Christmas is coming and the battle of the retailer adverts has begun. Meat, Fish and Poultry (MFP) is a key part of the Christmas season. The latest figures from Kantar Worldpanel for the 12 weeks ending 6th November 2016 show all macro categories are back in volume growth, except Sliced Cooked Meats. The report tells value growth continue to lag behind volume growth in all Meat & Poultry categories, but has also realized evidence of inflationary rises hitting this market.
Chilled Fish continues to thrive with both value and volume in growth. Nathan Ward, Business Unit Director for MFP explains: “Compared with last year, Chilled Fish has seen 645,000 more shoppers, with Added Value bringing in the most new shoppers. Added Value, Battered and Shellfish are the key markets in driving growth for Chilled Fish. Salmon, Prawns, Haddock, Cod and Sea Bass are the biggest contributors to the increased value of the category, with Salmon and Prawns important to the growth in Added Value – and Cod, Sea Bass and Salmon seeing strong growth in Natural.”
Within Fresh Primary Meat & Poultry, Chicken and Beef are the major categories growing volume, with the decline of Turkey accelerating at an unexpected time of the year. Ward continues: “Pork, Lamb and Turkey are all seeing volume losses despite falling prices in these categories, as shoppers buy them less often. At the same time, Pork and Lamb are also seeing over 300,000 fewer shoppers buying them, further driving down sales. Fresh Beef has moved back into growth, with more shoppers buying more frequently. Steak and Mince are the key drivers of volume, with Roasts moving back into growth after a depressed autumn period.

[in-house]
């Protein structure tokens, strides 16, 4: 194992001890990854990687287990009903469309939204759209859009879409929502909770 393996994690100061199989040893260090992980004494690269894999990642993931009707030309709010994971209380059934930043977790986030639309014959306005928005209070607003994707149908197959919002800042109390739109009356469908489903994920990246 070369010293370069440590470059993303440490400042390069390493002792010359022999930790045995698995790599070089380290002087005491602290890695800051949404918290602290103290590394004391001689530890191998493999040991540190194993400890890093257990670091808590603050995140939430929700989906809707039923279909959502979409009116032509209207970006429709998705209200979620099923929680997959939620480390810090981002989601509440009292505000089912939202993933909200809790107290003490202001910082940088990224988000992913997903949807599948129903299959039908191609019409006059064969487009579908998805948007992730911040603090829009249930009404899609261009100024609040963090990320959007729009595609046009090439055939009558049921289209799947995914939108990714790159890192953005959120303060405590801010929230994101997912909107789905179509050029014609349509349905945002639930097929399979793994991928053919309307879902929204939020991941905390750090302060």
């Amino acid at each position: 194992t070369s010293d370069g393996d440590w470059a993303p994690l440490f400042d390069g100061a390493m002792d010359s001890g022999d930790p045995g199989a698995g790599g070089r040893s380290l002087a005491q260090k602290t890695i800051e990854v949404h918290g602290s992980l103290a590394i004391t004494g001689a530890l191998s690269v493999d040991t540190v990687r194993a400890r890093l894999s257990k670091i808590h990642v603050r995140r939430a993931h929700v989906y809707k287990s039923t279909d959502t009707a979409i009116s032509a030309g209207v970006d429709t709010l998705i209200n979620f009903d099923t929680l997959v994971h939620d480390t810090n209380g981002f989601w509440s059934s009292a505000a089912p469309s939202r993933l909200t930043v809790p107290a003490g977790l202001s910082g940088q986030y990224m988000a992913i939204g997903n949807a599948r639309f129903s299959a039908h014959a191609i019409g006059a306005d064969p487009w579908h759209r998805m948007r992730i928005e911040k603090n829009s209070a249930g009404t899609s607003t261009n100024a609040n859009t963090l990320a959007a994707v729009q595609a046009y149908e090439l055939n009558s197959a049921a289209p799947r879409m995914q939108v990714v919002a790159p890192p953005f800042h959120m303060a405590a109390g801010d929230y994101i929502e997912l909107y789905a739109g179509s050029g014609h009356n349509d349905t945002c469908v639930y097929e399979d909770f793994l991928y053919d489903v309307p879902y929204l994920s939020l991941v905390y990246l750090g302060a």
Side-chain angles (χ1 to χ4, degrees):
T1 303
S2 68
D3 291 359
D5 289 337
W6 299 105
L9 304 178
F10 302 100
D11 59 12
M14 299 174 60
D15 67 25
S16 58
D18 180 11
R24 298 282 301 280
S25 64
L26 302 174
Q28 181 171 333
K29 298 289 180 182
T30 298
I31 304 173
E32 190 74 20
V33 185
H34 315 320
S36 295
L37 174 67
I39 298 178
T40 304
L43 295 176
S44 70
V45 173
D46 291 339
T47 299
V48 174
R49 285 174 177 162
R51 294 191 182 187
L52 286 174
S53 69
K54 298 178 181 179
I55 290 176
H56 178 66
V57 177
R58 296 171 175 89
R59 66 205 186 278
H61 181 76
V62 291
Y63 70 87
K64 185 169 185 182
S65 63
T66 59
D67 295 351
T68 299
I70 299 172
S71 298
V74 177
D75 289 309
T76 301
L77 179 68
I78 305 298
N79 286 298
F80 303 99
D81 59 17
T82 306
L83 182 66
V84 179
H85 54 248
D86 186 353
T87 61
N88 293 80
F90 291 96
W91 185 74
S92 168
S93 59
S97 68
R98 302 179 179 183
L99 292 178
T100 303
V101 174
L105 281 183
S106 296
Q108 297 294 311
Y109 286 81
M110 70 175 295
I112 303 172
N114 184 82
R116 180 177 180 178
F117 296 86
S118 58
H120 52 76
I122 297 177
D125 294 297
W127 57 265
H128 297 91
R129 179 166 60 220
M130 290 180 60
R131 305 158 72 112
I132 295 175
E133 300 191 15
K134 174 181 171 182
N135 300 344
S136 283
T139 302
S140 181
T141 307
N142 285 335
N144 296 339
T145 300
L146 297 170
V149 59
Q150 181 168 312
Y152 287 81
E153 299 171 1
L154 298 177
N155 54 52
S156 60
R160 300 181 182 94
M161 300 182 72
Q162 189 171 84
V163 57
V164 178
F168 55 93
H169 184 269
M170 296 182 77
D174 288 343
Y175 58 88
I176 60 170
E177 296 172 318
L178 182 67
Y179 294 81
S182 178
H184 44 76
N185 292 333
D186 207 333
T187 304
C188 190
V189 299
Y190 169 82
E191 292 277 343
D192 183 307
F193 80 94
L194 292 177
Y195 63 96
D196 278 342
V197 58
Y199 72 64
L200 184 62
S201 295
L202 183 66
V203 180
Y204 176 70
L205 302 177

Promotions are a key driver of growth, with promotional volumes up 10% on last year, as TPRs dominate promotions. Chicken remains the category to beat in terms of volume growth and has moved into value growth this period. Roasts, particularly Whole Birds, have come back to growth in the latest period, whilst Legs and Breasts continue to show strong shopper led growth.”